CausesBy Mayo Clinic staff
Nightmares can be associated with another sleep disorder. Many other factors can trigger nightmares, including:
- Stress. Sometimes the ordinary stresses of daily life, such as a problem at home or school, trigger nightmares. A major change, such as a move or the death of a loved one, can have the same effect.
- Trauma. Nightmares are common after an accident, injury or other traumatic event. Nightmares are prominent in post-traumatic stress disorder (PTSD).
- Scary books and movies. Reading scary books or watching scary movies, especially before bed, can cause nightmares.
- Bedtime snacks. For some, eating right before bed — and the resulting boost in metabolism and brain activity — leads to nightmares.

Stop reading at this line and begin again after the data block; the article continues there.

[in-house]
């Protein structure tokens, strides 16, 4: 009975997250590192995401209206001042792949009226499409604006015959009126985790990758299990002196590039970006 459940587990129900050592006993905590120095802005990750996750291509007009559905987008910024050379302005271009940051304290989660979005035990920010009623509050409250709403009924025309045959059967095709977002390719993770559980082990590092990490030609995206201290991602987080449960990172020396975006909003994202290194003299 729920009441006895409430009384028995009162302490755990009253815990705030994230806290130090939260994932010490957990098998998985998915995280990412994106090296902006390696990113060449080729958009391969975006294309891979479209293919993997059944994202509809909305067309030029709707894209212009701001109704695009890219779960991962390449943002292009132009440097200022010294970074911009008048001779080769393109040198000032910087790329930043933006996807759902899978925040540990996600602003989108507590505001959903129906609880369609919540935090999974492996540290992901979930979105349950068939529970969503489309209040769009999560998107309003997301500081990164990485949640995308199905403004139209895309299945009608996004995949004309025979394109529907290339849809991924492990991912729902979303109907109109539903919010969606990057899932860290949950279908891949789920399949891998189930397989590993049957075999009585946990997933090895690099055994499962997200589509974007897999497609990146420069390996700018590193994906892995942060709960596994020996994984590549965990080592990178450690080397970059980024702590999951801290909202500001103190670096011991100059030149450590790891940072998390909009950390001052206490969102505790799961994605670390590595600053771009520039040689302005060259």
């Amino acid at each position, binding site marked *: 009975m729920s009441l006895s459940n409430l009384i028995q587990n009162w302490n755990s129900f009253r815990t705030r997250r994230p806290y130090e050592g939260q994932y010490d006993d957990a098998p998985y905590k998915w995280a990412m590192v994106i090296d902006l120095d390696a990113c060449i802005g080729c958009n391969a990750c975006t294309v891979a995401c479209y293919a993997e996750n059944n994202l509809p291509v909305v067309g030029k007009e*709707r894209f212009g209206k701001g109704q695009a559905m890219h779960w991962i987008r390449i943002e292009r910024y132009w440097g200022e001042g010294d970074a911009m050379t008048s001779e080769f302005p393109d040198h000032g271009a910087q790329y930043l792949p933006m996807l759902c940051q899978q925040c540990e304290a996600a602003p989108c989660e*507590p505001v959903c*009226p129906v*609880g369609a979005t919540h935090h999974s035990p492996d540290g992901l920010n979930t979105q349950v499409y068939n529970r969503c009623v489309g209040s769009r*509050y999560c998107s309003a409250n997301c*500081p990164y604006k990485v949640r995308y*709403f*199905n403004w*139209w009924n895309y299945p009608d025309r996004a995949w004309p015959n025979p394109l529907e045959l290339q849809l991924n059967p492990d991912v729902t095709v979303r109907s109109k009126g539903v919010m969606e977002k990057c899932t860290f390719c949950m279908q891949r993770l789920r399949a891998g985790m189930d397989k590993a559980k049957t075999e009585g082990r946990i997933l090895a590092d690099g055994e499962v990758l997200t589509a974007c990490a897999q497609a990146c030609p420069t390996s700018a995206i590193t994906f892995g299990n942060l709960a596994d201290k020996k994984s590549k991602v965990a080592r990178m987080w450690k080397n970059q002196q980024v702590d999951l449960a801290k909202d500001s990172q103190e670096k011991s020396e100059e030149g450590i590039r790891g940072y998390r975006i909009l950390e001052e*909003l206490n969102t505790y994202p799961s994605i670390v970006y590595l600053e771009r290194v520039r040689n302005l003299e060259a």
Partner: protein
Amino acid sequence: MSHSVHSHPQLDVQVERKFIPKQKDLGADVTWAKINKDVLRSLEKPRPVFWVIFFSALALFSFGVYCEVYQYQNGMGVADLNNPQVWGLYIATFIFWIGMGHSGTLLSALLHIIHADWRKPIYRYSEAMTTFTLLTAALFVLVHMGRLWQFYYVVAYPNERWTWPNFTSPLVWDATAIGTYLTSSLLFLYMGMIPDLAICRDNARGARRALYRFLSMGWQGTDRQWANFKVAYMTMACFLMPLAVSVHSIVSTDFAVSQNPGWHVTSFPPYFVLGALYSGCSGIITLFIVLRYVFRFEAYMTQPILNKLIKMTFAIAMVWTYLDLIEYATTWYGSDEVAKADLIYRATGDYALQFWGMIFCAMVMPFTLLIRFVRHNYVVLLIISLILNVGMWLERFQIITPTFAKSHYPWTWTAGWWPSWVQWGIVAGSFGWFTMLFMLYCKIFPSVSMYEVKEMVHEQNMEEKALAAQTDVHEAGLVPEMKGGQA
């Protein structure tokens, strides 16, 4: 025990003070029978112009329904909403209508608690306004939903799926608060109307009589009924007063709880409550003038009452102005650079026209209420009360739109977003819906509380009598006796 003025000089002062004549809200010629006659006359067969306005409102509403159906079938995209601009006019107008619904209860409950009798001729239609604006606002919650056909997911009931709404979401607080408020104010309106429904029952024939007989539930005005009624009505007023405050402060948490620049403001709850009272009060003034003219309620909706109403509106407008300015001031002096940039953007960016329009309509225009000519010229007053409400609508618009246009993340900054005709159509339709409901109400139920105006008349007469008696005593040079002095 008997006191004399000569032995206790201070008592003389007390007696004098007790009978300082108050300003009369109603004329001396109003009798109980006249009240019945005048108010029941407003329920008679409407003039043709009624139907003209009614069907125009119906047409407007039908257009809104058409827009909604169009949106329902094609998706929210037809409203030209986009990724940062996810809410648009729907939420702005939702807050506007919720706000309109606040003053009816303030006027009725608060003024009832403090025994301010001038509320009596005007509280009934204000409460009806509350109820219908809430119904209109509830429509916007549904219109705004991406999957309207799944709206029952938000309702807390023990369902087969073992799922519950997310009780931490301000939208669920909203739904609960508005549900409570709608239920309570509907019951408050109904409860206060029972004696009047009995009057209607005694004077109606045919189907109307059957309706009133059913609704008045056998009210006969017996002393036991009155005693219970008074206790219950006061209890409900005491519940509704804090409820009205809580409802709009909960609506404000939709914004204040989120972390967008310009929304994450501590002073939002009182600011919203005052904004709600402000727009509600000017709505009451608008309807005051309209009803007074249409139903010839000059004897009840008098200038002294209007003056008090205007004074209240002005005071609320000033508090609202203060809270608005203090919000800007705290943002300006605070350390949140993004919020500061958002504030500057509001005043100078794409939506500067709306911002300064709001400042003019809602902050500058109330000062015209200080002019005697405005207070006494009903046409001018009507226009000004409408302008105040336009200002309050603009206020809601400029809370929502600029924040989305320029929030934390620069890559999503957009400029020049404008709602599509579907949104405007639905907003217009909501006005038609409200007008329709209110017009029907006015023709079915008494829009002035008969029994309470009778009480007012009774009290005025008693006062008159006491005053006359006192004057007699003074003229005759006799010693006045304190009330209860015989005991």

- Illness. Sometimes being sick triggers nightmares, especially if the illness is accompanied by a fever.
- Medications. Some drugs — including certain antidepressants, narcotics, barbiturates, beta blockers and drugs used to treat Parkinson's disease — can trigger nightmares.
- Substance abuse. Alcohol and illegal drugs can trigger nightmares.
Most nightmares occur during rapid eye movement (REM) sleep. You normally go through four to six sleep cycles a night, cycling through the sleep stages in about 90 minutes. Your REM stage lengthens with each cycle, from several seconds in the first cycle to up to an hour in the last. You're more likely to have a nightmare in the last third of your night.
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